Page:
Our trail was a steep, stony path up the side of a gorge to a lookout over the waterfalls and Kitty’s Gorge. It was flanked either side with nature’s display of Spring bursting into bloom. The smell was worthy of being bottled – a fragrant reminder that Spring has sprung and Summer will be arriving fairly soon. The humidity and threat of rain enhanced the aroma and as the climb evened out, the flowers grew brighter and smelt fresher.

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I could have joined the masses who stopped to photograph every flower, but I would have bored my companion to tears and I wouldn’t have enjoyed the exhilarating high I got as I sprang onwards – pain in my back or legs totally eradicated as my heightened senses absorbed everything available. I don’t get what they call Runner’s High – but what I feel when I walk or hike in a place of natural beauty is something I imagine can be equated to that feeling.

view from Baldwin's Bluff

Serpentine Falls

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Perth in the distance - 50 km away

Long distance Perth

The walk down had a few slips and slides, but no injuries were obtained other than a large bite I, of course, (wouldn’t be anyone else) received right on the kneecap of my still sore ice skating knee!

I snapped away at a few views and flowers, as an excuse to catch my unfit breath but was disinterested in hiking behind my camera lens so hope the atmosphere has been sufficiently captured from my relatively spontaneous, yet wonderfully rewarding day in the park!

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What does an Au Pair do?

My day officially starts at 7:30am when I leave my “house”, that is my granny flat in the garden, and I walk about 12 steps to the back door of the house.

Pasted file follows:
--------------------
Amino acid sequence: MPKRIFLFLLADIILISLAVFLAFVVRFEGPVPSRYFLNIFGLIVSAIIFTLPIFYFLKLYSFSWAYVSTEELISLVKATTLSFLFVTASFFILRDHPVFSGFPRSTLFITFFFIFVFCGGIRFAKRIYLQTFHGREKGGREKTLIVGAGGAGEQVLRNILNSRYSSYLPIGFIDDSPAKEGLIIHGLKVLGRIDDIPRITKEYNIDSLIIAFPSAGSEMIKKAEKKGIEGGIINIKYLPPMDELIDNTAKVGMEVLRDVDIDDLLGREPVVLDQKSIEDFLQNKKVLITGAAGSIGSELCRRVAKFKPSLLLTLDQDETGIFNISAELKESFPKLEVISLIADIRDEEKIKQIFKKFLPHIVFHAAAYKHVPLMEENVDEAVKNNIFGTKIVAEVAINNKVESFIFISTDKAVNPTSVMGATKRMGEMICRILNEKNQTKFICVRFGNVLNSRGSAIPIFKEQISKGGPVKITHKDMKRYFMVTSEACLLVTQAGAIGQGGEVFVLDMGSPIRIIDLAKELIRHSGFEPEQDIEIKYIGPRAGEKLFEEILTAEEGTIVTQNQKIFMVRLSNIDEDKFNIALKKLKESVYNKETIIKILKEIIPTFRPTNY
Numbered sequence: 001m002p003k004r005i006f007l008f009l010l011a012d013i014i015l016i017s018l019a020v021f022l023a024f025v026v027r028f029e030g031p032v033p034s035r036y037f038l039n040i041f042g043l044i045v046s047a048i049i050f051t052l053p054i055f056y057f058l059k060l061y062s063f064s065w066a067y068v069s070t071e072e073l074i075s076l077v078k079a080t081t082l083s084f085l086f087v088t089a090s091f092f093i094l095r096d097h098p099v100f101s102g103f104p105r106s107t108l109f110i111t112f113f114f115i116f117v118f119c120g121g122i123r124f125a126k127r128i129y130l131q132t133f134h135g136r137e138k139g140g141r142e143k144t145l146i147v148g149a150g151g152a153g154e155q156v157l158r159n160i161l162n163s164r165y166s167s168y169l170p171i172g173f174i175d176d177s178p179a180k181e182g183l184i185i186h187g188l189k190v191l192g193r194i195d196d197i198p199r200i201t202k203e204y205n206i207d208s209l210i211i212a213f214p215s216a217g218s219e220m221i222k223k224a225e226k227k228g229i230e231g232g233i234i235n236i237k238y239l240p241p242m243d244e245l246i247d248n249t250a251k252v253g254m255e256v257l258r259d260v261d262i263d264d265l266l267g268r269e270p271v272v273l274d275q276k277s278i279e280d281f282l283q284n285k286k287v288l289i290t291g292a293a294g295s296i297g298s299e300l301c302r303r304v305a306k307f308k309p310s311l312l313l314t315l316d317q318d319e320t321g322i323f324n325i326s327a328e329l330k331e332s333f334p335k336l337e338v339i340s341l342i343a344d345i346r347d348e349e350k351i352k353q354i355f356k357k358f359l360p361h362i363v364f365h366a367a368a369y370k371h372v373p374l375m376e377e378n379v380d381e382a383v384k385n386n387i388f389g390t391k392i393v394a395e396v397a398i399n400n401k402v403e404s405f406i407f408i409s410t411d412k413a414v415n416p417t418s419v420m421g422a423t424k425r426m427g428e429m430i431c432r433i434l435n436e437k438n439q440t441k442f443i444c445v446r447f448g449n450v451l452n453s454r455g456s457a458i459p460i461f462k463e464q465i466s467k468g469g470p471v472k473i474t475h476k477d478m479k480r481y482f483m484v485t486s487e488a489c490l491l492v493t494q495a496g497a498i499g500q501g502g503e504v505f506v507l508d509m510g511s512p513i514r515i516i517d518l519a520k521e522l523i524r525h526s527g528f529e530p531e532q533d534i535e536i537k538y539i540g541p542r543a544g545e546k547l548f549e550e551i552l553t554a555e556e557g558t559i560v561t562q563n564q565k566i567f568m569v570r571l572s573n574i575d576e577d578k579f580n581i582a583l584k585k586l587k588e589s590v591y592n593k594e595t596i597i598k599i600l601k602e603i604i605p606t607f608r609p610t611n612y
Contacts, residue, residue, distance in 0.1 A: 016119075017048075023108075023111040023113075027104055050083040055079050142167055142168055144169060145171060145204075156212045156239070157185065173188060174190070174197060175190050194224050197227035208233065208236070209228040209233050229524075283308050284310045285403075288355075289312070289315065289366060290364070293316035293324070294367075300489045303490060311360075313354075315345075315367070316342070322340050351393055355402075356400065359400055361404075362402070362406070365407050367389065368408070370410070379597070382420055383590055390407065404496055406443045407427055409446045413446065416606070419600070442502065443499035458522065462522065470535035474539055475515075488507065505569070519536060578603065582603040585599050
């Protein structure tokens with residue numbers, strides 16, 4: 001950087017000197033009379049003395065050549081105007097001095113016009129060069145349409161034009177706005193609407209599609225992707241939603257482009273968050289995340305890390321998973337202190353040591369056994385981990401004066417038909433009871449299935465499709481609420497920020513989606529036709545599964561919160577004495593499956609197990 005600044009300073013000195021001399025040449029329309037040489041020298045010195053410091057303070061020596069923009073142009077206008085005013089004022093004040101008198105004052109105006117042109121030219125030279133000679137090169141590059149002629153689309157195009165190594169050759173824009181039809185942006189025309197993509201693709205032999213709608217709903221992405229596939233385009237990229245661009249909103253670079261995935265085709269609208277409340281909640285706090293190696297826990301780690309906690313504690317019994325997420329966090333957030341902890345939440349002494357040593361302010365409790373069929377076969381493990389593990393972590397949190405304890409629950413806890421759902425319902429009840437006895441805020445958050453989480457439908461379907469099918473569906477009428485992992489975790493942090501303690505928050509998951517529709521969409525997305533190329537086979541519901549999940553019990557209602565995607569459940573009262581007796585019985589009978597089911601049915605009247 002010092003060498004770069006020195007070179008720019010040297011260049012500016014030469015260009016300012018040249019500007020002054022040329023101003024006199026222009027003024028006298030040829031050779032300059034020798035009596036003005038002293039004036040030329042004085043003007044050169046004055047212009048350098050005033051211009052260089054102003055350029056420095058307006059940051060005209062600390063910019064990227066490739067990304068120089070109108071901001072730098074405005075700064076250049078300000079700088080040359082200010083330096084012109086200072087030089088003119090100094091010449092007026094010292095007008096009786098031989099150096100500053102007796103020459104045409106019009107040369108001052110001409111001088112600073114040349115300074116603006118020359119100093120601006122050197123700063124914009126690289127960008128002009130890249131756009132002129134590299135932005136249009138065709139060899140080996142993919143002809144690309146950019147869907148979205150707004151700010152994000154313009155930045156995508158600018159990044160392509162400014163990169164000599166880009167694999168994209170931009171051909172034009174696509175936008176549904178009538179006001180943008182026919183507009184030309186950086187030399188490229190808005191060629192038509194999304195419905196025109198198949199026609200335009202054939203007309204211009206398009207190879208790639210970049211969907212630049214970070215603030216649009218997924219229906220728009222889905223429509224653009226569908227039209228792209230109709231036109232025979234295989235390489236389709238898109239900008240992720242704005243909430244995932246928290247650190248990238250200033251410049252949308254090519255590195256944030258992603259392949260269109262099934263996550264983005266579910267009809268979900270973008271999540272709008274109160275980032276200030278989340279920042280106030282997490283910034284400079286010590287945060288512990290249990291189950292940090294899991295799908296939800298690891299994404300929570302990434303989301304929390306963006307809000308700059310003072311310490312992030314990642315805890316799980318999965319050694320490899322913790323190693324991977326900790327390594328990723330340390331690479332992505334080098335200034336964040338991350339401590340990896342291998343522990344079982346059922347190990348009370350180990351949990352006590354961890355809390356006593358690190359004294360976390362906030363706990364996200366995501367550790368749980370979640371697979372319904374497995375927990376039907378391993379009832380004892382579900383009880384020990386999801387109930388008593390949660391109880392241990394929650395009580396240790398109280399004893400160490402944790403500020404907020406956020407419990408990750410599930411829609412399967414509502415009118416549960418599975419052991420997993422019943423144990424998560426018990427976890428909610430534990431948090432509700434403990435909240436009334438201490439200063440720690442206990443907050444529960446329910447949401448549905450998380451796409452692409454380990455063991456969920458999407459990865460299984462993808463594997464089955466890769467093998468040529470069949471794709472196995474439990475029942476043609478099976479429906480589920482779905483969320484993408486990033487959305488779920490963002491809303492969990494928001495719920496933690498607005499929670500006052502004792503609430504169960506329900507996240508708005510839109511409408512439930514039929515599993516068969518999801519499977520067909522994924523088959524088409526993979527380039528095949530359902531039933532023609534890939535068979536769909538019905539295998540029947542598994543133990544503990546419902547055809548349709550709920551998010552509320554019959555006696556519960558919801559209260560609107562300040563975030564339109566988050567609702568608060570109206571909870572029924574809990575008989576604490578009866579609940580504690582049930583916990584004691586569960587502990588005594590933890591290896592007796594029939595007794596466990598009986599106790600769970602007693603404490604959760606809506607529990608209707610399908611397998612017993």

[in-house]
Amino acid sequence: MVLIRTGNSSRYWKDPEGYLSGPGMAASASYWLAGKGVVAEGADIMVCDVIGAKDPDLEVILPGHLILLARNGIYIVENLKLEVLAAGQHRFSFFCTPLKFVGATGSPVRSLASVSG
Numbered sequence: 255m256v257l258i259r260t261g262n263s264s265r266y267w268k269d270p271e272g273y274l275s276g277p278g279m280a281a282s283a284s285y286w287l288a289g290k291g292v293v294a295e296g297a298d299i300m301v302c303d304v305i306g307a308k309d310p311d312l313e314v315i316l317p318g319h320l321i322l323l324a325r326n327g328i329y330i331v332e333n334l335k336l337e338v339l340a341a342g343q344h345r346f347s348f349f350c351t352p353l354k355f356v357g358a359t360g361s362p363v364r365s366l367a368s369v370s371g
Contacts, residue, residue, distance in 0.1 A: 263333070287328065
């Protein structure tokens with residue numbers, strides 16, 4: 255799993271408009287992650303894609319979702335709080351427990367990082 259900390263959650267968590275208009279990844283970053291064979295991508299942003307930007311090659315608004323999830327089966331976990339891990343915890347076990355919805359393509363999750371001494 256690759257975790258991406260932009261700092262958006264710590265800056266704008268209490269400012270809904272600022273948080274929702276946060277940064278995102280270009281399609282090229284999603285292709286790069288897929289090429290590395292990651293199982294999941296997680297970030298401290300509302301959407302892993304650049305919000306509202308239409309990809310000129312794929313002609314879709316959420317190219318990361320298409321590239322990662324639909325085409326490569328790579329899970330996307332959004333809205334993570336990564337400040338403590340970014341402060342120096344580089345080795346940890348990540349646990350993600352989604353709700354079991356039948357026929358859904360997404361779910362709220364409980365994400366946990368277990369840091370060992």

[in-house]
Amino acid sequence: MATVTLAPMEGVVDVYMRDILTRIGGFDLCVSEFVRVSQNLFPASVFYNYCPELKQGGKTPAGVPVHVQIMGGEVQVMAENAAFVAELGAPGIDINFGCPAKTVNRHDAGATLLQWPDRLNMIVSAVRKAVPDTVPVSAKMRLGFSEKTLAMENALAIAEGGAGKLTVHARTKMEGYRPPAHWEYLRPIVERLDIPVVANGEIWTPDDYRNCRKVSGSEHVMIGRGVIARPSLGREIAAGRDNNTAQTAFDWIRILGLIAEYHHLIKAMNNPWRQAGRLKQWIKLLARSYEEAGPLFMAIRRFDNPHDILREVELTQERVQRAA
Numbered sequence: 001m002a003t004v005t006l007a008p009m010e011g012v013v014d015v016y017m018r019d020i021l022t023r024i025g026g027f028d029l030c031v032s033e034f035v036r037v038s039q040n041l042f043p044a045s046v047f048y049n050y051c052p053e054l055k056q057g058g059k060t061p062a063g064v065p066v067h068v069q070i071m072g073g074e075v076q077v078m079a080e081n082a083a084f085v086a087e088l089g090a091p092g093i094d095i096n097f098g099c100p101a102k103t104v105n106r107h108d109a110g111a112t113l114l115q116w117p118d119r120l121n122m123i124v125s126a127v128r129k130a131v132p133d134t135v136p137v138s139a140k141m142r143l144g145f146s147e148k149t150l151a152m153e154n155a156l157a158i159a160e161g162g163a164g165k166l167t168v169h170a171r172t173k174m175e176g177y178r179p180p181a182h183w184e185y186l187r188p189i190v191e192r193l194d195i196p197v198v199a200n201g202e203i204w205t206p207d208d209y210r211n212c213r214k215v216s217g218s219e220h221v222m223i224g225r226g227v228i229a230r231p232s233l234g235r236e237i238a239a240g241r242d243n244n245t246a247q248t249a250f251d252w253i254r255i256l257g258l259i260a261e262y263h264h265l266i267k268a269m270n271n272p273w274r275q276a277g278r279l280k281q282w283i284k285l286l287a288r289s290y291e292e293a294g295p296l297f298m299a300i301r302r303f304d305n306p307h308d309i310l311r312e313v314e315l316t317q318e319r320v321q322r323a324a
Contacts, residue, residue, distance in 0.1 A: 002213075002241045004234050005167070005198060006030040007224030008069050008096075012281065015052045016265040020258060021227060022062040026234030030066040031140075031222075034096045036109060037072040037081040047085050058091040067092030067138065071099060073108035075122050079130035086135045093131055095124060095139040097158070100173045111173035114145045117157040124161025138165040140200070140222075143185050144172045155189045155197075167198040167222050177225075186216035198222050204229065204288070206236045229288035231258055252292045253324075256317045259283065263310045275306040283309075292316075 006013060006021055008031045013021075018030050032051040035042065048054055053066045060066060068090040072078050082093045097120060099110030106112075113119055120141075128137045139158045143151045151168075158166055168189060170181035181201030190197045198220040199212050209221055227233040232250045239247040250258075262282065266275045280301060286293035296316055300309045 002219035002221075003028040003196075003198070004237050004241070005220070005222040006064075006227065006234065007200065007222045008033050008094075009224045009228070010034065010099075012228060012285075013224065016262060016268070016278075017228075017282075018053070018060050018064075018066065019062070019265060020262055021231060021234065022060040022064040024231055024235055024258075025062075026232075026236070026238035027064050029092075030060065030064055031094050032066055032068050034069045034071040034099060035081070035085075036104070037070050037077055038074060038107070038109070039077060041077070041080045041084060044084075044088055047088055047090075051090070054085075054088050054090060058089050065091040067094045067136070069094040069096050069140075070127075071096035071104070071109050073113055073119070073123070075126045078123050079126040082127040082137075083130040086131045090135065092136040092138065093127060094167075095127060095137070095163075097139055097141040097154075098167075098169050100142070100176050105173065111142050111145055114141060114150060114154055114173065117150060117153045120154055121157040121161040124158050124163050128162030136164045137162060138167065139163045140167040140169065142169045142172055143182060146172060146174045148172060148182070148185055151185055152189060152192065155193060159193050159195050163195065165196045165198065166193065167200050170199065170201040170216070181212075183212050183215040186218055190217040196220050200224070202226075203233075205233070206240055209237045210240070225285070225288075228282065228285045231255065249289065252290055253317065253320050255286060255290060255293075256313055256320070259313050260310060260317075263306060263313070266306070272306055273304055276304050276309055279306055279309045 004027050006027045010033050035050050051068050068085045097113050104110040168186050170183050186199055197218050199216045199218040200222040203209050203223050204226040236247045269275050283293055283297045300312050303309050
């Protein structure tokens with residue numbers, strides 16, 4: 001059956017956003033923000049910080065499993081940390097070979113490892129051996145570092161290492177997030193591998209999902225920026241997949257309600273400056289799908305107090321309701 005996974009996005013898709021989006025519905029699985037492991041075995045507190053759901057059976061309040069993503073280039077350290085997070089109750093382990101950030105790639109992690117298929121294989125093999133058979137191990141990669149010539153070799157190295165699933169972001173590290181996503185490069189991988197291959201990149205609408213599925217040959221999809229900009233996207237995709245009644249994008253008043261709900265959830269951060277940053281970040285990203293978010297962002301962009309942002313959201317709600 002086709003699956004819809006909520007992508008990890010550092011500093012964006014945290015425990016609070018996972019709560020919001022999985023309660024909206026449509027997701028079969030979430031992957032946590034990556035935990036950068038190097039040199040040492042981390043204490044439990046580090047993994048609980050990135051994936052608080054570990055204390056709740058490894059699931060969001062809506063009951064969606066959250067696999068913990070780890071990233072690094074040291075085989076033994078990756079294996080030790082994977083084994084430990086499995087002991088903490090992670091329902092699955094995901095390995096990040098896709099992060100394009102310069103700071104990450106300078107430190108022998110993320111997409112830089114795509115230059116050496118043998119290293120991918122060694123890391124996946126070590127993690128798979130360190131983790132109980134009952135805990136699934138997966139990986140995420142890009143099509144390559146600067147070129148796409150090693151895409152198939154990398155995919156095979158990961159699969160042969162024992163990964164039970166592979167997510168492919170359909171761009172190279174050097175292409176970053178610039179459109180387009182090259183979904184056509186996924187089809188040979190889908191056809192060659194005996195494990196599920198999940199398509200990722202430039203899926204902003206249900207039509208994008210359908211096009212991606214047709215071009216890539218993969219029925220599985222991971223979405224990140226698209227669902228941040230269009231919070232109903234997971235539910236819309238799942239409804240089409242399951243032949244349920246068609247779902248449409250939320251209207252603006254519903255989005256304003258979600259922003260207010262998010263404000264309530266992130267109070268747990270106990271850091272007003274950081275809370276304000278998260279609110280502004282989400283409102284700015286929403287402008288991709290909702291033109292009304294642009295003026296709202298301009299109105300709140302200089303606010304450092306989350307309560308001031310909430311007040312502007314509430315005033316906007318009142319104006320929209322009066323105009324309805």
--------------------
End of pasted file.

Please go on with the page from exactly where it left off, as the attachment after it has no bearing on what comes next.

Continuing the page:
On a good day I will have had time for a peaceful breakfast and might even be strolling over with a cup of tea in my hand. Yorkshire Tea, purchased recently, which makes my day start an awful lot better than Bushells.

Breakfast time consists of teamwork to get T & S dressed and fed, so T can get out of the door for school on time with Dad. It doesn’t always go smoothly – Fridays are particularly painful mornings. When the TV is switched off – my preference – the morning is a breeze. When it’s on, which it usually is – it’s anyone’s guess what will happen.

After T goes to school, S and I can start our day. My morning tasks are getting S to have some breakfast, as it’s unlikely this was successful earlier, and a second attempt at dressing her. When she is pottering about with the dog, or today’s teddy, I unpack and repack the dishwasher, tidy the kitchen and make a start on the laundry, make the beds and have a think about today’s plan.

If I haven’t already had a conversation about tonight’s dinner, it will be written down somewhere. Making dinner is an important and enjoyable task for me, so it needs to be factored into the day’s plan.
Very often S and I will pop to the local shop to top up on ingredients. She will go in the pushchair, and my bag will be loaded with snacks and supplies and off we go. Sometimes we pick something up and turn around and go back. Sometimes we have coffee together in the cafe. And less recently due to bad weather, we will come home via the park.

Most sunny days lunch is a picnic at the park. We sit on the picnic benches together making crow noises and discussing what dogs are doing. We lie on the grass and find shapes in the clouds, sing songs on the swings or we go on an adventure to the wooded area of the huge park we live near to “see what we can see”. This is a general term I use for any journey we embark upon, as it seems to give it some purpose.